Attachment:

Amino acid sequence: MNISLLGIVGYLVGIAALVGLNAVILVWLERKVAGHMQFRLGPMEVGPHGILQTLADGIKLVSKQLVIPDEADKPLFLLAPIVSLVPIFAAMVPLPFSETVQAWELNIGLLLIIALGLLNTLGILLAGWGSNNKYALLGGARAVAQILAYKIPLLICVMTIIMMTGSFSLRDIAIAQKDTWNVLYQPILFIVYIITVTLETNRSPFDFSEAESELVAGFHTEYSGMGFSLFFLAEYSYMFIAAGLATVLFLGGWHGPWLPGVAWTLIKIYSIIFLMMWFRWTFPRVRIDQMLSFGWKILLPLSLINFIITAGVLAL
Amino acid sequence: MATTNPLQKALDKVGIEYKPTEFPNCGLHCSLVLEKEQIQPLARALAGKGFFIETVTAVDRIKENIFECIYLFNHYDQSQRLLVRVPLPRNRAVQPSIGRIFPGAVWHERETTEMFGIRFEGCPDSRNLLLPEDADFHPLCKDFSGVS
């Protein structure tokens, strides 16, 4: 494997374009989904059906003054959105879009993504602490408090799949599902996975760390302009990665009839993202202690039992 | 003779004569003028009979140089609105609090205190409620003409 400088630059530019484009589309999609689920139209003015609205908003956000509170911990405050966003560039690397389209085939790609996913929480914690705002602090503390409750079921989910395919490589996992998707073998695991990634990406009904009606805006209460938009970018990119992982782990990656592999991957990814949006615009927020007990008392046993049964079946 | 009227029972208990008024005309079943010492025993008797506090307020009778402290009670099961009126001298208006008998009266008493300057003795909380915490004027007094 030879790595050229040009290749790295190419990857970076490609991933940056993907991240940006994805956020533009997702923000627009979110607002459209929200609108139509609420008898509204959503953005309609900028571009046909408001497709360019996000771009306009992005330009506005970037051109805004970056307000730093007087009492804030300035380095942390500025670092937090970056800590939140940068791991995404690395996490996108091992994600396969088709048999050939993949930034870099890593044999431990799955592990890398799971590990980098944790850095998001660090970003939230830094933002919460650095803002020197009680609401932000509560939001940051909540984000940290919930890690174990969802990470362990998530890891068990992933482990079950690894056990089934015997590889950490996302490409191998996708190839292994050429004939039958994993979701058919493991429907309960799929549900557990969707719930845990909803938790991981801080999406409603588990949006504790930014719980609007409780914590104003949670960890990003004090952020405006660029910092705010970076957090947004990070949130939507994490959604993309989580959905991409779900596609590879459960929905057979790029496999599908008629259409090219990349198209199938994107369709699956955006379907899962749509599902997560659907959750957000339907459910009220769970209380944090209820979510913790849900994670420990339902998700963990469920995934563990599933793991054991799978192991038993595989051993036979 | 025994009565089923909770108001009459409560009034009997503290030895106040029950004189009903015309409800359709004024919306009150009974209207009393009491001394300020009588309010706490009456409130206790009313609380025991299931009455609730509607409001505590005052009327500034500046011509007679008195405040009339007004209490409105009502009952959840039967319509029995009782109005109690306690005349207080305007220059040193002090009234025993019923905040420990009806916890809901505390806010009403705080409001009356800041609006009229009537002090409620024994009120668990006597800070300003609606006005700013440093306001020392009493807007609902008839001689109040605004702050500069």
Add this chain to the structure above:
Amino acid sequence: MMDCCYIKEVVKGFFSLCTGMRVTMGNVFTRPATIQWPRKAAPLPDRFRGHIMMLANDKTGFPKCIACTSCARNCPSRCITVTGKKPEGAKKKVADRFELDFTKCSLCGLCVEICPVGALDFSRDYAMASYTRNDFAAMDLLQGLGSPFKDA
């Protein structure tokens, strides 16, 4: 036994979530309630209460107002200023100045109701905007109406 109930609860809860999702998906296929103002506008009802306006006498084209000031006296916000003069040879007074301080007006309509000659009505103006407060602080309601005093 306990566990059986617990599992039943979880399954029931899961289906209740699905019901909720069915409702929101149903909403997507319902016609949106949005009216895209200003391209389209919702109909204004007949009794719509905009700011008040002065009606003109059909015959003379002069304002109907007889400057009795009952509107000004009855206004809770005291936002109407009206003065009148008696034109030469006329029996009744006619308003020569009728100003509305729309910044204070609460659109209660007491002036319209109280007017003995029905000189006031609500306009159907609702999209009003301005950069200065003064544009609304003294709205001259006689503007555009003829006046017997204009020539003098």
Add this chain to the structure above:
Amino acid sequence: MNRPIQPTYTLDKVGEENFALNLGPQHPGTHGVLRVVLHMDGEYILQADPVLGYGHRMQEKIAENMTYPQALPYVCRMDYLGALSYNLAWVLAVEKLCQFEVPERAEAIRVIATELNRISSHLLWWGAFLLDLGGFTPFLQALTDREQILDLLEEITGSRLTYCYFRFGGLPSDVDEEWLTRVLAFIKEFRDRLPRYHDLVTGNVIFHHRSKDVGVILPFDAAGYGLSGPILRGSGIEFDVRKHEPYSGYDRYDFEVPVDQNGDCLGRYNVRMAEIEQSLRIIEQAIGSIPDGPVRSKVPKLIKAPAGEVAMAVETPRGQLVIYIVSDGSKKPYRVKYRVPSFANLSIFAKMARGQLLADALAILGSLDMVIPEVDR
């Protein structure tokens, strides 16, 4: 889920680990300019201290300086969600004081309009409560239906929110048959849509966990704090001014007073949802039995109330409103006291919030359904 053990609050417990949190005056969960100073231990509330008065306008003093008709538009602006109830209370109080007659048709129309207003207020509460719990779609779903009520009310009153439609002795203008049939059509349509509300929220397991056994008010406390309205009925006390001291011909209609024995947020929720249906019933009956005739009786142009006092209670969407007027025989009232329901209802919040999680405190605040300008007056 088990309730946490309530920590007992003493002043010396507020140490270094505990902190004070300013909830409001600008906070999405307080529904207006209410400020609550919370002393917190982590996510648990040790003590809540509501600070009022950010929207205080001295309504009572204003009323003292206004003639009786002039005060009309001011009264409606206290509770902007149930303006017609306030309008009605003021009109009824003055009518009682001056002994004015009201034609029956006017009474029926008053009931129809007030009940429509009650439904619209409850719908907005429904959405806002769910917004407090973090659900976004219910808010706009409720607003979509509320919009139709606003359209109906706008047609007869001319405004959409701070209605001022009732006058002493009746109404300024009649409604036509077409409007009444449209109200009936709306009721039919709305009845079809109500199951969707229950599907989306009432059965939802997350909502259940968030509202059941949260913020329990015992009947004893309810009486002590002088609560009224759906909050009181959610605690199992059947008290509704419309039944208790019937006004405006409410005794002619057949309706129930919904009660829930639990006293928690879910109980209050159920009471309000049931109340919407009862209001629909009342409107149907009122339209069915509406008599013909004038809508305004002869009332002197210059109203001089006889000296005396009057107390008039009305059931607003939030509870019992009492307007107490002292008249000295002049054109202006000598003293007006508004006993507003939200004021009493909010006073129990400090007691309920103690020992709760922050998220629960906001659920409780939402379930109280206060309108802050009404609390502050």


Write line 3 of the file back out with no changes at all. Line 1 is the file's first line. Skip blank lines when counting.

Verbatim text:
């Protein structure tokens, strides 16, 4: 494997374009989904059906003054959105879009993504602490408090799949599902996975760390302009990665009839993202202690039992 | 003779004569003028009979140089609105609090205190409620003409 400088630059530019484009589309999609689920139209003015609205908003956000509170911990405050966003560039690397389209085939790609996913929480914690705002602090503390409750079921989910395919490589996992998707073998695991990634990406009904009606805006209460938009970018990119992982782990990656592999991957990814949006615009927020007990008392046993049964079946 | 009227029972208990008024005309079943010492025993008797506090307020009778402290009670099961009126001298208006008998009266008493300057003795909380915490004027007094 030879790595050229040009290749790295190419990857970076490609991933940056993907991240940006994805956020533009997702923000627009979110607002459209929200609108139509609420008898509204959503953005309609900028571009046909408001497709360019996000771009306009992005330009506005970037051109805004970056307000730093007087009492804030300035380095942390500025670092937090970056800590939140940068791991995404690395996490996108091992994600396969088709048999050939993949930034870099890593044999431990799955592990890398799971590990980098944790850095998001660090970003939230830094933002919460650095803002020197009680609401932000509560939001940051909540984000940290919930890690174990969802990470362990998530890891068990992933482990079950690894056990089934015997590889950490996302490409191998996708190839292994050429004939039958994993979701058919493991429907309960799929549900557990969707719930845990909803938790991981801080999406409603588990949006504790930014719980609007409780914590104003949670960890990003004090952020405006660029910092705010970076957090947004990070949130939507994490959604993309989580959905991409779900596609590879459960929905057979790029496999599908008629259409090219990349198209199938994107369709699956955006379907899962749509599902997560659907959750957000339907459910009220769970209380944090209820979510913790849900994670420990339902998700963990469920995934563990599933793991054991799978192991038993595989051993036979 | 025994009565089923909770108001009459409560009034009997503290030895106040029950004189009903015309409800359709004024919306009150009974209207009393009491001394300020009588309010706490009456409130206790009313609380025991299931009455609730509607409001505590005052009327500034500046011509007679008195405040009339007004209490409105009502009952959840039967319509029995009782109005109690306690005349207080305007220059040193002090009234025993019923905040420990009806916890809901505390806010009403705080409001009356800041609006009229009537002090409620024994009120668990006597800070300003609606006005700013440093306001020392009493807007609902008839001689109040605004702050500069």